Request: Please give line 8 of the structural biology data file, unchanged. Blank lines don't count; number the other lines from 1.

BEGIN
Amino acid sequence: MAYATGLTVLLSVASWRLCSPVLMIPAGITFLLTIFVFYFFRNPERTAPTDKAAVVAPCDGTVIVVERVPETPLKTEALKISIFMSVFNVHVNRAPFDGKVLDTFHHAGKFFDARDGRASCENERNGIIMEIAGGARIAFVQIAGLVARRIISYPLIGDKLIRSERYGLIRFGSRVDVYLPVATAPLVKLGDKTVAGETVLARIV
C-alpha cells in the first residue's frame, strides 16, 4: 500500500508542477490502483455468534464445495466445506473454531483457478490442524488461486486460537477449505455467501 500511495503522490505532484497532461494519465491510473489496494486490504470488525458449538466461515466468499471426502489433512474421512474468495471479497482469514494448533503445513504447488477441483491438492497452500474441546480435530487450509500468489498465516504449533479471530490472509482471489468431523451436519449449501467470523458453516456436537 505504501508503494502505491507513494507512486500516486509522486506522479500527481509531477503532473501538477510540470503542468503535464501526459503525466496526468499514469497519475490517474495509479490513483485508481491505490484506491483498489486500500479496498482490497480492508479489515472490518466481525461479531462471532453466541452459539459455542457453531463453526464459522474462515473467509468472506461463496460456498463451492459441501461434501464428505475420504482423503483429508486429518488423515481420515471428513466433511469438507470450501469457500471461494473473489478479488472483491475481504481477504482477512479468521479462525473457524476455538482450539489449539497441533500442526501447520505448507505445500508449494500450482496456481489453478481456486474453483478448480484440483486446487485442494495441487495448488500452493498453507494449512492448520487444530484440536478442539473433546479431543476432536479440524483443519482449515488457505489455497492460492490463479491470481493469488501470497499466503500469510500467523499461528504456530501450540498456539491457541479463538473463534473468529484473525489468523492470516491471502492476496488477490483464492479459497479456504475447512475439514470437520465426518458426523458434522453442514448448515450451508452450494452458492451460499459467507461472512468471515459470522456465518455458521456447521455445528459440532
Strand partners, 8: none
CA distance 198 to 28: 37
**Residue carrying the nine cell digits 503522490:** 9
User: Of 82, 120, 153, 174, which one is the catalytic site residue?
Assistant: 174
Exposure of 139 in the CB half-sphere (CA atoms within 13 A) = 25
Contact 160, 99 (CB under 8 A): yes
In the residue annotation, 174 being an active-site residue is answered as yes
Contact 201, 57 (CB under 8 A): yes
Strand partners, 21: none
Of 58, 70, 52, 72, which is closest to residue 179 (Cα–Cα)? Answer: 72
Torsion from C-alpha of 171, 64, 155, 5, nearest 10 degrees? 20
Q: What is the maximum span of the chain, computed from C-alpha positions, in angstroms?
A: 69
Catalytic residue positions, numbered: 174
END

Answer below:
Exposure of 139 in the CB half-sphere (CA atoms within 13 A) = 25